"Company borrowing, in contrast to the United States, is carried out through the banks and in light of that it is reasonable for us to look first to moving through the banking system when we want to ease credits."

The ECB ended up pouring 442 billion euros ($622 billion) of funds into money markets in its first such operation with a term as long as one year, pushing some bank-to-bank borrowing costs to new record lows.

Punishing Savers

The global economy is in a mess because of the lack of savings not because of an excess of it. People spent money they did not have, pushing asset prices to ridiculous levels. Banks, in belief that asset prices would keep rising exponentially, increased leverage. Now consumers everywhere are retrenching in the wake of the collapse, a much needed phenomenon.

In light of the above, punishing savers with negative deposit rates is the height of stupidity.

It would be fitting if there was an immediate run on deposits. And if that happens what will Sweden do? Halt deposits? Sweden risks (and deserves) a currency collapse and bank runs for this insane effort. Look for capital flight in Sweden.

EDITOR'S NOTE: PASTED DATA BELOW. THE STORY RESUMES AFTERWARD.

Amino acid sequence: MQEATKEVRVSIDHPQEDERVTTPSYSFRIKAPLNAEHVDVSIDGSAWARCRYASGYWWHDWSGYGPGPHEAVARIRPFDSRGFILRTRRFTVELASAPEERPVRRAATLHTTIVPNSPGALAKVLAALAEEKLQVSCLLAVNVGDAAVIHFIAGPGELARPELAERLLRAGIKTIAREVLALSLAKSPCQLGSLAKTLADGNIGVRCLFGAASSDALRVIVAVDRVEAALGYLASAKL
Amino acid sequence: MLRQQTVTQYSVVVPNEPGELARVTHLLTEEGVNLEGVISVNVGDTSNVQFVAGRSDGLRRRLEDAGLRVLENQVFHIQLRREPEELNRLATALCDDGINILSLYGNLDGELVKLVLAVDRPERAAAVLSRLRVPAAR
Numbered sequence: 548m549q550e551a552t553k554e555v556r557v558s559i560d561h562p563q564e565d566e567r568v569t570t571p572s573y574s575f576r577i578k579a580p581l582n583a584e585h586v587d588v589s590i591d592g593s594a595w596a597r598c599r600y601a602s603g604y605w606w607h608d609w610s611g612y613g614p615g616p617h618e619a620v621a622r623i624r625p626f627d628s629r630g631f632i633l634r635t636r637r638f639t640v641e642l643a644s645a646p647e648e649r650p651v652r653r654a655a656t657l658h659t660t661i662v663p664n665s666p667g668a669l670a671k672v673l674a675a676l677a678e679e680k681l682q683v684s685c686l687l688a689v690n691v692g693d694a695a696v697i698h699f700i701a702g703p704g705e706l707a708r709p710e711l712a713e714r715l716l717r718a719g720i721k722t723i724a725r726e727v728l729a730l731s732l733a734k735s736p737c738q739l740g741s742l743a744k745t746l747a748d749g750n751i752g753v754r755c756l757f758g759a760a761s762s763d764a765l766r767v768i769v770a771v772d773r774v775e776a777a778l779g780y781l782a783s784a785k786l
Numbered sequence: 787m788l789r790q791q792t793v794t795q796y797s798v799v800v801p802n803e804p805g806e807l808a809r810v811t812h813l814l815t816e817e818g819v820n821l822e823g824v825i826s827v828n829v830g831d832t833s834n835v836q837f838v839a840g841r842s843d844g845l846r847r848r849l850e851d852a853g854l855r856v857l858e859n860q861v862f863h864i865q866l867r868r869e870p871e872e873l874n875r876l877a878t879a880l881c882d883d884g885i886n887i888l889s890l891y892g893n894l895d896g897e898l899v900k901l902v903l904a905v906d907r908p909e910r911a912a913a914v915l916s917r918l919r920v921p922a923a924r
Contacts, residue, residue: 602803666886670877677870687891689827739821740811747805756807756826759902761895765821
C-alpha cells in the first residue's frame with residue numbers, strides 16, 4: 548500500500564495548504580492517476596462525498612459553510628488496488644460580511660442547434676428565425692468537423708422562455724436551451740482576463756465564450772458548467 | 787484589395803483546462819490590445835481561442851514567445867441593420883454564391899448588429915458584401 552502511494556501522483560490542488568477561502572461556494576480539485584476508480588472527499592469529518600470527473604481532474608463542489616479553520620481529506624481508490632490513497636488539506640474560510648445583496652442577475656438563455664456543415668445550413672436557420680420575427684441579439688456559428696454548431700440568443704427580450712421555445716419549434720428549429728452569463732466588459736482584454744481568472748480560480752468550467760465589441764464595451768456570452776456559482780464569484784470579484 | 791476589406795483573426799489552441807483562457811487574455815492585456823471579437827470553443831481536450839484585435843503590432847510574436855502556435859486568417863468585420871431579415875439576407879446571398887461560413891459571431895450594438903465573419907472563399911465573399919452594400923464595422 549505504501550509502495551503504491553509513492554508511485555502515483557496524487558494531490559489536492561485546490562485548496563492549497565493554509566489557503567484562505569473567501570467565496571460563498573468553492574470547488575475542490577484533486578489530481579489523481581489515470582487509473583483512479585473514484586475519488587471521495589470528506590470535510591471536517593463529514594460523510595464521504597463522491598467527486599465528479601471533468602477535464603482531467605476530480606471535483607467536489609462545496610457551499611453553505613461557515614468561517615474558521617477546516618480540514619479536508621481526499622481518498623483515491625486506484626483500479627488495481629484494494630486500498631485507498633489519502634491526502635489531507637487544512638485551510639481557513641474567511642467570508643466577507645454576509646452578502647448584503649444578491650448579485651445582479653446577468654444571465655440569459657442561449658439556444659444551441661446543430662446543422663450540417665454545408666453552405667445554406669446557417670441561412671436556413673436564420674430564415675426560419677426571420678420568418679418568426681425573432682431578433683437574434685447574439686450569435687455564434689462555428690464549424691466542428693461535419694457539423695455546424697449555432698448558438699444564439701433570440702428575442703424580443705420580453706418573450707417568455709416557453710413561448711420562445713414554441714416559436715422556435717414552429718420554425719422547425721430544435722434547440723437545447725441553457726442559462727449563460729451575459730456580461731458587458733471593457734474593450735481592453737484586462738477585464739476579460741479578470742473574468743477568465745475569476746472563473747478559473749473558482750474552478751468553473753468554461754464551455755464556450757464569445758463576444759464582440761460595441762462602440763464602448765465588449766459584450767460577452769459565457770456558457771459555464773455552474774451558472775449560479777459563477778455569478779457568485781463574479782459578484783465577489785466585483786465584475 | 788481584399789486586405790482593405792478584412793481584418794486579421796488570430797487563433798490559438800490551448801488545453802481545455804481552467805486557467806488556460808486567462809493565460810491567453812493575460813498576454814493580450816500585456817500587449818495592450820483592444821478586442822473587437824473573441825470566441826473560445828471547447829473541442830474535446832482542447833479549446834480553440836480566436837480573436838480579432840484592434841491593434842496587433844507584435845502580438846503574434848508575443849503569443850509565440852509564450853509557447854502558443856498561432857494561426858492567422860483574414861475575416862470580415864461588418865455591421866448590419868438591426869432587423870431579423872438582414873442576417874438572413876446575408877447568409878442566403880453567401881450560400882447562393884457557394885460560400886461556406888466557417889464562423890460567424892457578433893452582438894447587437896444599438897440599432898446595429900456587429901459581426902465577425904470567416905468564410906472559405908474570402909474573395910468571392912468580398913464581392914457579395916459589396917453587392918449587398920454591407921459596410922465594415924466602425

We should all be rooting for the demise of Sweden lest Bernanke or some other Central Bank clowns try the same thing. The risk is that Sweden does not immediately suffer for this stupidity and that Bernanke tries to do the same thing.

One thing is certain. This is eventually going to blow sky high. Let's hope it does before Bernanke gets the same brilliant idea.

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Here's my problem, this is bad but I do know one trustafarian tithead who this will hurt, and the less of him in the world is a good thing.